Twelve Myths About Direct Action
Direct action – that is, any kind of action that bypasses established political channels to accomplish objectives directly – has a long and rich heritage in North America, extending back to the Boston Tea Party and beyond. Despite this, there are many misunderstandings about it, in part due to the ways it has been misrepresented in the corporate media.
1. Direct action is terrorism.
Terrorism is calculated to intimidate and thus paralyze people. Direct action, on the other hand, is intended to inspire and thus motivate people by demonstrating the power individuals have to accomplish goals themselves. While terrorism is the domain of a specialized class that seeks to acquire power for itself alone, direct action demonstrates possibilities that others can make use of, empowering people to take control of their own lives. At most, a given direct action may obstruct the activities of a corporation or institution that activists perceive to be committing an injustice, but this is simply a form of civil disobedience, not terrorism.
2. Direct action is violent.
To say that it is violent to destroy the machinery of a slaughterhouse or to break windows belonging to a party that promotes war is to prioritize property over human and animal life. This objection subtly validates violence against living creatures by focusing all attention on property rights and away from more fundamental issues.
3. Direct action is not political expression, but criminal activity.
Unfortunately, whether or not an action is illegal is a poor measure of whether or not it is just. The Jim Crow laws were, after all, laws. To object to an action on the grounds that it is illegal is to sidestep the more important question of whether or not it is ethical. To argue that we must always obey laws, even when we consider them to be unethical or to enforce unethical conditions, is to suggest that the arbitrary pronouncements of the legal establishment possess a higher moral authority than our own consciences, and to demand complicity in the face of injustice. When laws protect injustice, illegal activity is no vice, and law-abiding docility is no virtue.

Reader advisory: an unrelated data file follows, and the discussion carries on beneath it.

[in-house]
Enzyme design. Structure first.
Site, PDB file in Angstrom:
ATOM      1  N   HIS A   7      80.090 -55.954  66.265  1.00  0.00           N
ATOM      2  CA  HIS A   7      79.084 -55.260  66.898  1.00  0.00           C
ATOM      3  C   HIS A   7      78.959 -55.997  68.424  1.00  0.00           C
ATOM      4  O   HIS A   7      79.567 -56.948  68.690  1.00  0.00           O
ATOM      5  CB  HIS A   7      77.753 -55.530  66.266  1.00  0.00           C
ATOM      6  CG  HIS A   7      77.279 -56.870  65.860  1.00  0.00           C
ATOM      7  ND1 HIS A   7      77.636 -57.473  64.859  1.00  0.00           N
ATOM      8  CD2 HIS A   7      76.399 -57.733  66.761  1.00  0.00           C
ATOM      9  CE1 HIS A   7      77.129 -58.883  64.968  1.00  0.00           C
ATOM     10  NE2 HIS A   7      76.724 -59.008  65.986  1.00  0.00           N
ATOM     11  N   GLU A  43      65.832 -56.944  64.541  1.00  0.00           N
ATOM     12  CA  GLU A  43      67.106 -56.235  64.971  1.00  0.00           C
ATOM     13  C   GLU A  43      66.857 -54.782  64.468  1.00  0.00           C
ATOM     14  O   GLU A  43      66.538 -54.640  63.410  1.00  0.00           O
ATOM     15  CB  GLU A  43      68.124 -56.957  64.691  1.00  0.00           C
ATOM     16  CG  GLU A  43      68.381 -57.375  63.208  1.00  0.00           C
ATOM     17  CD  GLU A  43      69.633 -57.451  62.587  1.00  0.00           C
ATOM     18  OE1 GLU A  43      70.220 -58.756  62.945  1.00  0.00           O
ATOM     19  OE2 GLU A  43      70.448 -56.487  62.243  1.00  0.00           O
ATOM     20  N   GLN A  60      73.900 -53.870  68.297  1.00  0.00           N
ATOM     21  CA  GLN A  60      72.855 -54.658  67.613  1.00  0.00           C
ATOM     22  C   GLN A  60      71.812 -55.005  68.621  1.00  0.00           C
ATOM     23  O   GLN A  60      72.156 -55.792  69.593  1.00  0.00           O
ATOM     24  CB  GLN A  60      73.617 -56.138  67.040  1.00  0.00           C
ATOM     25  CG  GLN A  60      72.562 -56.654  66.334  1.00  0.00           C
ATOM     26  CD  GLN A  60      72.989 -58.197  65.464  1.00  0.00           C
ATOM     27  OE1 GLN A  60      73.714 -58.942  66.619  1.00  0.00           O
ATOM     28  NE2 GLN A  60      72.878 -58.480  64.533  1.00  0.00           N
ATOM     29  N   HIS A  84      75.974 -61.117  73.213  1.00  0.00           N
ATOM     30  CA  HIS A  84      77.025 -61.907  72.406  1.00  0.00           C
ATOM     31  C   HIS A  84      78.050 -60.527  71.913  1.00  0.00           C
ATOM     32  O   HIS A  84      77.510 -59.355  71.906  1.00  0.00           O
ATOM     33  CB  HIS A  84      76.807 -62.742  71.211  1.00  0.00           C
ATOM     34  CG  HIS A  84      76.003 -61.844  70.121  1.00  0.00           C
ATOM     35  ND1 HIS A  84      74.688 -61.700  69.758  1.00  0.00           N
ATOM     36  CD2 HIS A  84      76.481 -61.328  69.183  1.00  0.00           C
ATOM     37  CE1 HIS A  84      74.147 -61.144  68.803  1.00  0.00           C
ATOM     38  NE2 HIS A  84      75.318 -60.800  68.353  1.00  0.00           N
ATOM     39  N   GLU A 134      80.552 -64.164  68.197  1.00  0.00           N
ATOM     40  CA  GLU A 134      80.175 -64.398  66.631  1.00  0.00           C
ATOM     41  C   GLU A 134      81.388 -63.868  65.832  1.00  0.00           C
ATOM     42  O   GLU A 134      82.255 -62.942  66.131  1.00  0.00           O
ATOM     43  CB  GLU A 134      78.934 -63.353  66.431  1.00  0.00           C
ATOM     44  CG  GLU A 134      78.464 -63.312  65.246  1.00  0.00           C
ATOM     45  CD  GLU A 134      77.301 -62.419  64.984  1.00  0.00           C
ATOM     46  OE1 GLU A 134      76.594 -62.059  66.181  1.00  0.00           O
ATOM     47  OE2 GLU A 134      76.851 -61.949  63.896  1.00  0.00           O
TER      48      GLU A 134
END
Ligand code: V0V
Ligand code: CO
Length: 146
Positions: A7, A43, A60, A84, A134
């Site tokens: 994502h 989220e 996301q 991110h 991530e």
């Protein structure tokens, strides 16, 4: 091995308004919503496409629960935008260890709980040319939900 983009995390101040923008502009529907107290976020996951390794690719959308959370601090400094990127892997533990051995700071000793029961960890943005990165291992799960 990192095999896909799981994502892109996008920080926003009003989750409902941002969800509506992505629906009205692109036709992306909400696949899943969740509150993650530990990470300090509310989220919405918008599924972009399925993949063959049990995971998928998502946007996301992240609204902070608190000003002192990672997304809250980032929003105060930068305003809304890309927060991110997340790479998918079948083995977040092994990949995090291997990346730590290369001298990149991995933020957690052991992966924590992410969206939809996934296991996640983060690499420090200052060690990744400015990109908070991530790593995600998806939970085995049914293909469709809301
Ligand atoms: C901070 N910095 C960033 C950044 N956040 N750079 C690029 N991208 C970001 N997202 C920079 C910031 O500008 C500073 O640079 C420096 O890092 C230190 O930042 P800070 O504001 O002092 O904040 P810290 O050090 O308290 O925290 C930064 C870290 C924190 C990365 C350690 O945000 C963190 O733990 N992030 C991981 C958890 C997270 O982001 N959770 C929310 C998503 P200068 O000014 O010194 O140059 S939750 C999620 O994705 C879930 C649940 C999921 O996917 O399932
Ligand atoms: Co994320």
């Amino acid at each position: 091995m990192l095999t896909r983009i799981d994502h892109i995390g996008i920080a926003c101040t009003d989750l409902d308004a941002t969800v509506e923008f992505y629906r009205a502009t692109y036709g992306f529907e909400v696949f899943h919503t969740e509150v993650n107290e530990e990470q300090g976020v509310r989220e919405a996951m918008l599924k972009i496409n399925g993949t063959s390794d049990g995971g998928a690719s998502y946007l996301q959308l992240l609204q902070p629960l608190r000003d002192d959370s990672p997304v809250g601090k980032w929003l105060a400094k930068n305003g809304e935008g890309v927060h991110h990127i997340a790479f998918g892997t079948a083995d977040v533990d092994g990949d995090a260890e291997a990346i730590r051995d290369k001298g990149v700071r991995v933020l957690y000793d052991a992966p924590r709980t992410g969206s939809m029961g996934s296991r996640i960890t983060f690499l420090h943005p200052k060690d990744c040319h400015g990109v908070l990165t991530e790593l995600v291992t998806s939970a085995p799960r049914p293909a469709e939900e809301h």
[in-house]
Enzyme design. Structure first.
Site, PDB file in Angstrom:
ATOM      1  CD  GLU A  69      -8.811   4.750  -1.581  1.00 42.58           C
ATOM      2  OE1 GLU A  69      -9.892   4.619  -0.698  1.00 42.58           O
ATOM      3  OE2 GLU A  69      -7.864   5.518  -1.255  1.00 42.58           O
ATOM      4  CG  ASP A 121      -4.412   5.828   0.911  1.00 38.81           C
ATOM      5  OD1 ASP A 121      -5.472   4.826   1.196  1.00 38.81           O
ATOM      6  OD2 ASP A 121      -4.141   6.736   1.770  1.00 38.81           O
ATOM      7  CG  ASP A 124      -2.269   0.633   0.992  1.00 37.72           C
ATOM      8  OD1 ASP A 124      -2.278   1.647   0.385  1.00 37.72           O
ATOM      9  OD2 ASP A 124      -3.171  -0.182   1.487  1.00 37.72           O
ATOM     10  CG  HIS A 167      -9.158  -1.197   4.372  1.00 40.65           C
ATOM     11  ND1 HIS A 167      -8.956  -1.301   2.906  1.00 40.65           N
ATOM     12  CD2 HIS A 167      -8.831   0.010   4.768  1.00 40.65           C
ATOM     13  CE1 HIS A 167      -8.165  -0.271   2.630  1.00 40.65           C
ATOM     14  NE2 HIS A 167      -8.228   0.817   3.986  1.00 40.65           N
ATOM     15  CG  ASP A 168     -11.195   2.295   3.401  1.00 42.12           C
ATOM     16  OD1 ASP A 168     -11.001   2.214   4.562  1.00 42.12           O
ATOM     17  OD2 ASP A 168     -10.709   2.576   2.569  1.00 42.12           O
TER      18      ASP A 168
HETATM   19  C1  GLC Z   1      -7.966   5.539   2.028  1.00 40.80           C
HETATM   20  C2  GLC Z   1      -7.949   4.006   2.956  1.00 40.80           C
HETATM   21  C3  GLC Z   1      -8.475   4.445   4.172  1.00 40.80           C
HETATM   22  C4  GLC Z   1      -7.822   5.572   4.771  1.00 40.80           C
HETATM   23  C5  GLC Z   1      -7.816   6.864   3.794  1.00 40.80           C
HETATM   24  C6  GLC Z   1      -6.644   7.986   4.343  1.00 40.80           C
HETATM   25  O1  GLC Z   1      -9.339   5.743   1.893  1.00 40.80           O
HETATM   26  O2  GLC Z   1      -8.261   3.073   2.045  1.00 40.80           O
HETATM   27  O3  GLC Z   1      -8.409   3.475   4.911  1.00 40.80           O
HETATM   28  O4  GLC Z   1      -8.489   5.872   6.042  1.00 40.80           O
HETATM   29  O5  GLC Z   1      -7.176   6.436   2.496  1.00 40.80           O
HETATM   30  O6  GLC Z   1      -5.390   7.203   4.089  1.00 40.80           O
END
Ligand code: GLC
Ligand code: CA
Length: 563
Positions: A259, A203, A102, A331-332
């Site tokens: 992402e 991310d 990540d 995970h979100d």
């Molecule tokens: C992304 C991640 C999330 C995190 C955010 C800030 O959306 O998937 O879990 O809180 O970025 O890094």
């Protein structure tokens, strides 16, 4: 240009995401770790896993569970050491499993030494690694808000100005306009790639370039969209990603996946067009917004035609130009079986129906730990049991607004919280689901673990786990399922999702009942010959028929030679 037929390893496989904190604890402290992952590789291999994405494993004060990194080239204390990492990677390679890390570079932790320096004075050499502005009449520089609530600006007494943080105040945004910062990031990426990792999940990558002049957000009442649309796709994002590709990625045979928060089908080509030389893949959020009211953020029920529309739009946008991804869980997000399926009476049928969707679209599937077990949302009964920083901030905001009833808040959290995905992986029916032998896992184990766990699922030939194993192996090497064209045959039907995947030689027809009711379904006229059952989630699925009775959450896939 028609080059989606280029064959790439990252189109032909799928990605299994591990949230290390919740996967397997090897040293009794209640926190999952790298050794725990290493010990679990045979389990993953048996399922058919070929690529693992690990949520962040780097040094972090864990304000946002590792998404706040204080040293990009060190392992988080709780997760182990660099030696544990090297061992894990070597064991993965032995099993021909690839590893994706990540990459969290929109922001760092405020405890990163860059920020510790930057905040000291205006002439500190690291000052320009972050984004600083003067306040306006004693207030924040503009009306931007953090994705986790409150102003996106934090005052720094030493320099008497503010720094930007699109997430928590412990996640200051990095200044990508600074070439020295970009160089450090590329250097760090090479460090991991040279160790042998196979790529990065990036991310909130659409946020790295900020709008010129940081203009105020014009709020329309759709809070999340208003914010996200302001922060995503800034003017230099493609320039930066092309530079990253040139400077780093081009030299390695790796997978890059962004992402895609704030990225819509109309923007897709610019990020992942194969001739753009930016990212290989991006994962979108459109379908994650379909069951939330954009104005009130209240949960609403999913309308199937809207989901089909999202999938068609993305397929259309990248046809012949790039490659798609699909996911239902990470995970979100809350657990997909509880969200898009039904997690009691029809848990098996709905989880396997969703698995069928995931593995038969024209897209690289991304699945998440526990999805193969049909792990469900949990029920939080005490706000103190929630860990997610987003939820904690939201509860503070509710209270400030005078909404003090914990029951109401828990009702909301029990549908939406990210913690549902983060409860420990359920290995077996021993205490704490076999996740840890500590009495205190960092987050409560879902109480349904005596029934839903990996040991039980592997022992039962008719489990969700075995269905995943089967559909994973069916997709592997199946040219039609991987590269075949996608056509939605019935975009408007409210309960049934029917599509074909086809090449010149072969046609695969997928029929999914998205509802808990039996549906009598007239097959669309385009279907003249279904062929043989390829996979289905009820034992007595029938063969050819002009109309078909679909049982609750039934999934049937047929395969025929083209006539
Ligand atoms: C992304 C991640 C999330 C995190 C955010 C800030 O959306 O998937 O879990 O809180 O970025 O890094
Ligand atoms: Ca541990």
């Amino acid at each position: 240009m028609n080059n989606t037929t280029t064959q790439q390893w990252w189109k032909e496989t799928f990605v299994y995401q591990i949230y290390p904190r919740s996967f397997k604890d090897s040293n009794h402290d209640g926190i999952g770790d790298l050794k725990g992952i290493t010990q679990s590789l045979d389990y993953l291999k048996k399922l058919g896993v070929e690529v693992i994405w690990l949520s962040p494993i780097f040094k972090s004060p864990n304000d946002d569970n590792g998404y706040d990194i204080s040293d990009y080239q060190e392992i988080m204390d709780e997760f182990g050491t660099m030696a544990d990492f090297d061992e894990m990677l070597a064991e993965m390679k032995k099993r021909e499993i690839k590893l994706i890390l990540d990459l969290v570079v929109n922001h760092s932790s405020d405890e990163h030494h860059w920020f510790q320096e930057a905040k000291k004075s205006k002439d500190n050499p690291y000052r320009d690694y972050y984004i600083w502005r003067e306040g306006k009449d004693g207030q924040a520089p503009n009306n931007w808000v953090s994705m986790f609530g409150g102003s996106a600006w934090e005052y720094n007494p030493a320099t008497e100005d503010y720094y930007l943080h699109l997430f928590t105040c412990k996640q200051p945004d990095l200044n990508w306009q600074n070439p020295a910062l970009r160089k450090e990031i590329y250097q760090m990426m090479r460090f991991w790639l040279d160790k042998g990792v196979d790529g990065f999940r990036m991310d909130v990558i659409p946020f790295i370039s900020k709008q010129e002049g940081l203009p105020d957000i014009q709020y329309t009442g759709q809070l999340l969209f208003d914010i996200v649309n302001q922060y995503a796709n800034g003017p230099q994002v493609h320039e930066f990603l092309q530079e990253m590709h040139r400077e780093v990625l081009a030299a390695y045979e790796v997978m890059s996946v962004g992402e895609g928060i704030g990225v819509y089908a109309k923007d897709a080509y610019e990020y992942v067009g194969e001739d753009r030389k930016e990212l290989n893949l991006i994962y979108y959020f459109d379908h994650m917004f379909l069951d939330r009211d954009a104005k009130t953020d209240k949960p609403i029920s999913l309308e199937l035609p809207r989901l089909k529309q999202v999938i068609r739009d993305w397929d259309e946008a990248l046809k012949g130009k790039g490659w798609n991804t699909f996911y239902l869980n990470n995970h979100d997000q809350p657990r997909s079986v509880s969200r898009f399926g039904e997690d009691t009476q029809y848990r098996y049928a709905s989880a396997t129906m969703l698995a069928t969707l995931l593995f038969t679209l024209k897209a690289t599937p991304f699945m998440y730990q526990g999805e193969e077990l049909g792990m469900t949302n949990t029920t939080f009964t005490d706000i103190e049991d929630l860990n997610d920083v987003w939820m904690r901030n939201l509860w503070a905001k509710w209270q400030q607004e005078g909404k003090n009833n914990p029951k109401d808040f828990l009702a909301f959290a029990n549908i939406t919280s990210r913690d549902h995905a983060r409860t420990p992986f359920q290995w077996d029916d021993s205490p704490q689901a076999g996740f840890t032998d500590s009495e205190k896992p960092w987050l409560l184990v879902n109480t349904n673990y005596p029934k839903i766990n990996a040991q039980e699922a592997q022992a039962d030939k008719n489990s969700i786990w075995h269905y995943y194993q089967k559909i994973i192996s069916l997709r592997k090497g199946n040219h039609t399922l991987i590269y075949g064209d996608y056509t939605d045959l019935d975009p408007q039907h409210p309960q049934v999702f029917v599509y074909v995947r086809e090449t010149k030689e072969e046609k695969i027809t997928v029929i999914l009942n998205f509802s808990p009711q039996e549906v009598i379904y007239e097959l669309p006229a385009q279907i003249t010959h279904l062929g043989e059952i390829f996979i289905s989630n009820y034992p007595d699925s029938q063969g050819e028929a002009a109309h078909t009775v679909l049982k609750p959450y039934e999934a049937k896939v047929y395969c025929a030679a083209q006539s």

4. Direct action is unnecessary where people have freedom of speech.
In a society dominated by an increasingly narrowly focused corporate media, it can be almost impossible to initiate a public dialogue on a subject unless something occurs that brings attention to it. Under such conditions, direct action can be a means of nurturing free speech, not squelching it. Likewise, when people who would otherwise oppose an injustice have accepted that it is inevitable, it is not enough simply to talk about it: one must demonstrate that it is possible to do something about it.
5. Direct action is alienating.
On the contrary, many people who find traditional party politics alienating are inspired and motivated by direct action. Different people find different approaches fulfilling; a movement that is to be broad-based must include a wide range of options. Sometimes people who share the goals of those who practice direct action while objecting to their means spend all their energy decrying an action that has been carried out. In doing so, they snatch defeat from the jaws of victory: they would do better to seize the opportunity to focus all attention on the issues raised by the action.
6. People who practice direct action should work through the established political channels instead.
Many people who practice direct action also work within the system. A commitment to making use of every institutional means of solving problems does not necessarily preclude an equal commitment to picking up where such means leave off.
7. Direct action is exclusive.